John F. Kennedy
John F. Kennedy
In one of the many memorial services following the brutal murder of President John Fitzgerald Kennedy, it was said that "President Kennedy had everything in the world, but time." Only Franklin D. Roosevelt had such an emotional impact on the American people. Presidents Hoover, Truman, Eisenhower, Johnson and Nixon one could take or leave. One could agree or disagree with their policies, their actions and tactics, but it was difficult to become emotionally involved with them.
Kennedy, like Roosevelt, was charismatic and, like Roosevelt, played the emotional scene for all it was worth. Roosevelt, living in the hey-day of radio, used words for optimum effect; Kennedy, living in the age of television, used image for effect. Kennedy's impact on America was far greater than his accomplishments as an elected official would indicate. It has become fashionable to criticize Kennedy, land indeed we do not hesitate to do so. But in attacking Kennedy the elected official, his detractors have a tendency to lose sight of Kennedy the man and Kennedy the image. Too many scholars read the sterile words in the Congressional Record or examine the titles and articles in Kennedy legislation and appraise Kennedy from the dry leaves of paper. Too many people remember the Kennedy image and fail to see Kennedy the human being. It is our hope to fall into neither abyss.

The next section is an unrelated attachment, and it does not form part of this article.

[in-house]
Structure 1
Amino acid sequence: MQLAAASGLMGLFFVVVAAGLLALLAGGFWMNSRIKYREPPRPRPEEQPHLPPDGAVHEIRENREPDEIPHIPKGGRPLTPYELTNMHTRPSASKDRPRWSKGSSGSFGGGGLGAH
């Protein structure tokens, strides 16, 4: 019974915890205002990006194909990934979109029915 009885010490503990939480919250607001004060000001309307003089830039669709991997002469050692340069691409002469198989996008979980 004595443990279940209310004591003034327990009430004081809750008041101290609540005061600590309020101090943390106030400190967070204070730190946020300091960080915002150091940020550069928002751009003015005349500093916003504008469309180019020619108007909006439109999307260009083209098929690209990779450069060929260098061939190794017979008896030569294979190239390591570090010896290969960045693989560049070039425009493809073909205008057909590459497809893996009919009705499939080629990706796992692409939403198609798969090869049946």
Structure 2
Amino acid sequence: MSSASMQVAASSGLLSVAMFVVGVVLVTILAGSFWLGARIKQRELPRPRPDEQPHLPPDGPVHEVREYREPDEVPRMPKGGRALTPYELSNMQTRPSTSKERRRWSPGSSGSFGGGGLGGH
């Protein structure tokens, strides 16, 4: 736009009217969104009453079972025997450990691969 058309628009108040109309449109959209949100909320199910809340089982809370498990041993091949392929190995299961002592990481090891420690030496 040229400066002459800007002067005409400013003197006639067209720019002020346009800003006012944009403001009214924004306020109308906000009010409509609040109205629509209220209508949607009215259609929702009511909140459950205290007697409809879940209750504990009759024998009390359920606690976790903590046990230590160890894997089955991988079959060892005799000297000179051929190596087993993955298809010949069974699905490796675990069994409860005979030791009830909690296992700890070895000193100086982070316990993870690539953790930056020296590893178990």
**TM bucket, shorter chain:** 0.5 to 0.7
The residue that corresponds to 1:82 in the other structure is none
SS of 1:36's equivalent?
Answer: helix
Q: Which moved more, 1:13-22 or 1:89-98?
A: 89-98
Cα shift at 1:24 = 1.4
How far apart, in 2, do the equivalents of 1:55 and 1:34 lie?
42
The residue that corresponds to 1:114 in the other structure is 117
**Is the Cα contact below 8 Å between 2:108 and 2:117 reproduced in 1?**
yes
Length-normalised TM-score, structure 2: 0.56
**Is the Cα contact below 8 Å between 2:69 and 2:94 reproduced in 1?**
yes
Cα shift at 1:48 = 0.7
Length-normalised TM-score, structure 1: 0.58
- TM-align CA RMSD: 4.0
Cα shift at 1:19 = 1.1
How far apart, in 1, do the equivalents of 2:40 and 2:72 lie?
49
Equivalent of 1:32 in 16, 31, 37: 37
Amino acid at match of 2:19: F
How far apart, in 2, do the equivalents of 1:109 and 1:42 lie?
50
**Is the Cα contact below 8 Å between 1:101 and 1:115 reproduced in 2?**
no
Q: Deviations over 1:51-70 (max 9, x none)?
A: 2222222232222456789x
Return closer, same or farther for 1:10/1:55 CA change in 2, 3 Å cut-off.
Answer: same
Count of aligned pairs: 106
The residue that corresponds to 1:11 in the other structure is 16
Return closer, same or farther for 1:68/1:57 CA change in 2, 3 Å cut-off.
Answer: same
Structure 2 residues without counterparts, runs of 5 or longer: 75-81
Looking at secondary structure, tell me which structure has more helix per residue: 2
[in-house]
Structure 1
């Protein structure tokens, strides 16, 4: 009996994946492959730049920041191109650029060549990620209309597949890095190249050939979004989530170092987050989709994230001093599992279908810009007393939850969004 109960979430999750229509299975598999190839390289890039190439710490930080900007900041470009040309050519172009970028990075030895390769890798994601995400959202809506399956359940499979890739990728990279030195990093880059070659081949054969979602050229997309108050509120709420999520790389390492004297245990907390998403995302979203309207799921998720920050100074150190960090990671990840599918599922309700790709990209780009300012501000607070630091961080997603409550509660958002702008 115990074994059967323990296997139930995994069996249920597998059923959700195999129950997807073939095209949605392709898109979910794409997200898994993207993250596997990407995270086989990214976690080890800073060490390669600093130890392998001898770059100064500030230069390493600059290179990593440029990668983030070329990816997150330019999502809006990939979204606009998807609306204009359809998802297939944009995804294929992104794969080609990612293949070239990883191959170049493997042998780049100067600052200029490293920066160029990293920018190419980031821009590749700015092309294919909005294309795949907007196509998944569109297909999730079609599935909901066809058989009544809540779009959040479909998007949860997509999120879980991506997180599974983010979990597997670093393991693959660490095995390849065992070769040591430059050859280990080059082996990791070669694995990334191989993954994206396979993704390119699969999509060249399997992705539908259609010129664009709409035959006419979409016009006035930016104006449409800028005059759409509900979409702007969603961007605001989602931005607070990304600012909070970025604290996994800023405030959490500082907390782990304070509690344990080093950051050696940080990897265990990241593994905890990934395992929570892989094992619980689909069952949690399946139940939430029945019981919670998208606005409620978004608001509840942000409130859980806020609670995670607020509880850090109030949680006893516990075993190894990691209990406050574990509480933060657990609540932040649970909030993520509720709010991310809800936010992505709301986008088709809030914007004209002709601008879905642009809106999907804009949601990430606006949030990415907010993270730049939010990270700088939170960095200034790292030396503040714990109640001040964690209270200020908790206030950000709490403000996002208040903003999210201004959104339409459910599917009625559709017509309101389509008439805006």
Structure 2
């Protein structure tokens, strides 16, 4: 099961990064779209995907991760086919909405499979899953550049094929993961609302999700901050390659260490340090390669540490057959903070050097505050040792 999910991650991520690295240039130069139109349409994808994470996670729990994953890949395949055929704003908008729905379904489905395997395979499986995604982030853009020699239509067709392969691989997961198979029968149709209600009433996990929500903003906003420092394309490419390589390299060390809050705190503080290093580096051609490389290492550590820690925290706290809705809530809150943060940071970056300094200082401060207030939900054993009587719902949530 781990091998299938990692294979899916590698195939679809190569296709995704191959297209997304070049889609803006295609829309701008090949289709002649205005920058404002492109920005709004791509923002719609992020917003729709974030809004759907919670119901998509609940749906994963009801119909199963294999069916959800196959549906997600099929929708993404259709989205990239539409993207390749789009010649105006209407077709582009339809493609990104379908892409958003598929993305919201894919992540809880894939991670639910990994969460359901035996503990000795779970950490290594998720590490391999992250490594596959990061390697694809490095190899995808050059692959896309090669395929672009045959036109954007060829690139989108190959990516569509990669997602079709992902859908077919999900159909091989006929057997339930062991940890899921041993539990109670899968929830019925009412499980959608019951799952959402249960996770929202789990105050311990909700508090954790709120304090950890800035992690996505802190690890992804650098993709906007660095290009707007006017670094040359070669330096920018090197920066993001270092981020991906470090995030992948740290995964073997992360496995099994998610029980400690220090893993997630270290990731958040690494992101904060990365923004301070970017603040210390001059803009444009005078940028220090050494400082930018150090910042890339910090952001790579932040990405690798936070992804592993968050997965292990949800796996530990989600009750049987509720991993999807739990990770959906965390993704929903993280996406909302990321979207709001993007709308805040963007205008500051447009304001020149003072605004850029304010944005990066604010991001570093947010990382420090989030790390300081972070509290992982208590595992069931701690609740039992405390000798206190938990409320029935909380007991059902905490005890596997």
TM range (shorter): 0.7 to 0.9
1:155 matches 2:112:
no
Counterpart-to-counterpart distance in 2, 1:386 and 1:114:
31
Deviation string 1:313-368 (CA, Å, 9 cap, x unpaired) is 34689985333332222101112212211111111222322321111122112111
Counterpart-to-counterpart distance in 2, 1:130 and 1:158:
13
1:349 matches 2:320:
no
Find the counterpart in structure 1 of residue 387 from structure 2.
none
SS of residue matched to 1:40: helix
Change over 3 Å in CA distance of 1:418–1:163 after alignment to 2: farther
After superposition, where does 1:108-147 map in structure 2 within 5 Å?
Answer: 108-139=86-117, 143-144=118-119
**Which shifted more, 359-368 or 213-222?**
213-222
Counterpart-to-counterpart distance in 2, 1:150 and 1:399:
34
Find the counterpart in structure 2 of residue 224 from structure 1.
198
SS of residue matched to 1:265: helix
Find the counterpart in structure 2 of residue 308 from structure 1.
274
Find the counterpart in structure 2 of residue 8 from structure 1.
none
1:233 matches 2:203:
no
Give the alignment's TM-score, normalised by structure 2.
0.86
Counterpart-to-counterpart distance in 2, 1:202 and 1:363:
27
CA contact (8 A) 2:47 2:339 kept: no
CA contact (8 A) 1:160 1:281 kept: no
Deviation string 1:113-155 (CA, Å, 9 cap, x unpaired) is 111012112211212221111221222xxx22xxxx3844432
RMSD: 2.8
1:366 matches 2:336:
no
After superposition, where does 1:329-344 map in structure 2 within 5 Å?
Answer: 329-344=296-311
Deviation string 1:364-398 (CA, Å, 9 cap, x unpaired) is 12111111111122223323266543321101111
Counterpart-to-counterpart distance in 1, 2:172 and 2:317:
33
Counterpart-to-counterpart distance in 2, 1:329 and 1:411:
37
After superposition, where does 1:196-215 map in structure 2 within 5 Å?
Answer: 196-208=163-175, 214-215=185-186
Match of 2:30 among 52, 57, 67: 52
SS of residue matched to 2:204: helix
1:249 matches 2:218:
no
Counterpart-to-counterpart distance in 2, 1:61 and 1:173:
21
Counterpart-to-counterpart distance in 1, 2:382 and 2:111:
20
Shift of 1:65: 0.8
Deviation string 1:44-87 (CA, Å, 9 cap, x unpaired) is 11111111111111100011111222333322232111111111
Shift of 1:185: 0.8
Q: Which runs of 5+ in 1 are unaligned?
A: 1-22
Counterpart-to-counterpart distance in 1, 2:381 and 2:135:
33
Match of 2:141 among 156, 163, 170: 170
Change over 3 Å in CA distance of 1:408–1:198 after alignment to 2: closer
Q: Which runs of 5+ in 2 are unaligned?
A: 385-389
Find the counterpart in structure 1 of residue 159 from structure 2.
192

Kennedy the elected official was created by the thoughts and experience of Kennedy the man. It is our purpose to show what were the thoughts and experience of Kennedy the man, how these thoughts and experiences shaped the elected official, and how the elected official then attempted to impose his thoughts and experience upon the American public. Finally, we will discuss and analyze the impact of Kennedy on the American scene.